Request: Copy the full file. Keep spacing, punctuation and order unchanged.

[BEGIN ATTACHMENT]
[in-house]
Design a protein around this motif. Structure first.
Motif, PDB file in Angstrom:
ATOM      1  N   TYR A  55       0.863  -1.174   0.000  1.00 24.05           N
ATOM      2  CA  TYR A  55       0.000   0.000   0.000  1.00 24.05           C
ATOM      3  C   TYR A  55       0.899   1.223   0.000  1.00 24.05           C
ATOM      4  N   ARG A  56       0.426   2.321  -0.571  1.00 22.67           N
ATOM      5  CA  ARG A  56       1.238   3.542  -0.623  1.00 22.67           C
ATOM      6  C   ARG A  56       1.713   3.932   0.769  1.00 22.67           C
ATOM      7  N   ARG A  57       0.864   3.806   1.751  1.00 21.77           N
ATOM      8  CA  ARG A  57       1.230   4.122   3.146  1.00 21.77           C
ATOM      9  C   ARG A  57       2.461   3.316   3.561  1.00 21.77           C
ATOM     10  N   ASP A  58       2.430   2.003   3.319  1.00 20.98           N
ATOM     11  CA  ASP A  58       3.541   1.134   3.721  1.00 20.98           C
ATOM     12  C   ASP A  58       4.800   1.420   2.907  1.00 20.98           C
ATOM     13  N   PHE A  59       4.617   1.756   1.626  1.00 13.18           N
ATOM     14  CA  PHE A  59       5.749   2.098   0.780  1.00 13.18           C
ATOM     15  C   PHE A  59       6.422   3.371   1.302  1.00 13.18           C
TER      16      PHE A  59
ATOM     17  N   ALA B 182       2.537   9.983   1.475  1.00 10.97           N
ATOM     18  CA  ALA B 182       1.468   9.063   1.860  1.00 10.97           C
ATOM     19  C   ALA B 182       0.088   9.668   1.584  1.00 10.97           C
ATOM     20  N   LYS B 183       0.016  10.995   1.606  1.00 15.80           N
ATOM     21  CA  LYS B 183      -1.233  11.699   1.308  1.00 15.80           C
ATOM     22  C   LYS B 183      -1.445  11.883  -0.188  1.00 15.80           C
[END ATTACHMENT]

[in-house]
Design a protein around this motif. Structure first.
Motif, PDB file in Angstrom:
ATOM      1  N   TYR A  55       0.863  -1.174   0.000  1.00 24.05           N
ATOM      2  CA  TYR A  55       0.000   0.000   0.000  1.00 24.05           C
ATOM      3  C   TYR A  55       0.899   1.223   0.000  1.00 24.05           C
ATOM      4  N   ARG A  56       0.426   2.321  -0.571  1.00 22.67           N
ATOM      5  CA  ARG A  56       1.238   3.542  -0.623  1.00 22.67           C
ATOM      6  C   ARG A  56       1.713   3.932   0.769  1.00 22.67           C
ATOM      7  N   ARG A  57       0.864   3.806   1.751  1.00 21.77           N
ATOM      8  CA  ARG A  57       1.230   4.122   3.146  1.00 21.77           C
ATOM      9  C   ARG A  57       2.461   3.316   3.561  1.00 21.77           C
ATOM     10  N   ASP A  58       2.430   2.003   3.319  1.00 20.98           N
ATOM     11  CA  ASP A  58       3.541   1.134   3.721  1.00 20.98           C
ATOM     12  C   ASP A  58       4.800   1.420   2.907  1.00 20.98           C
ATOM     13  N   PHE A  59       4.617   1.756   1.626  1.00 13.18           N
ATOM     14  CA  PHE A  59       5.749   2.098   0.780  1.00 13.18           C
ATOM     15  C   PHE A  59       6.422   3.371   1.302  1.00 13.18           C
TER      16      PHE A  59
ATOM     17  N   ALA B 182       2.537   9.983   1.475  1.00 10.97           N
ATOM     18  CA  ALA B 182       1.468   9.063   1.860  1.00 10.97           C
ATOM     19  C   ALA B 182       0.088   9.668   1.584  1.00 10.97           C
ATOM     20  N   LYS B 183       0.016  10.995   1.606  1.00 15.80           N
ATOM     21  CA  LYS B 183      -1.233  11.699   1.308  1.00 15.80           C
ATOM     22  C   LYS B 183      -1.445  11.883  -0.188  1.00 15.80           C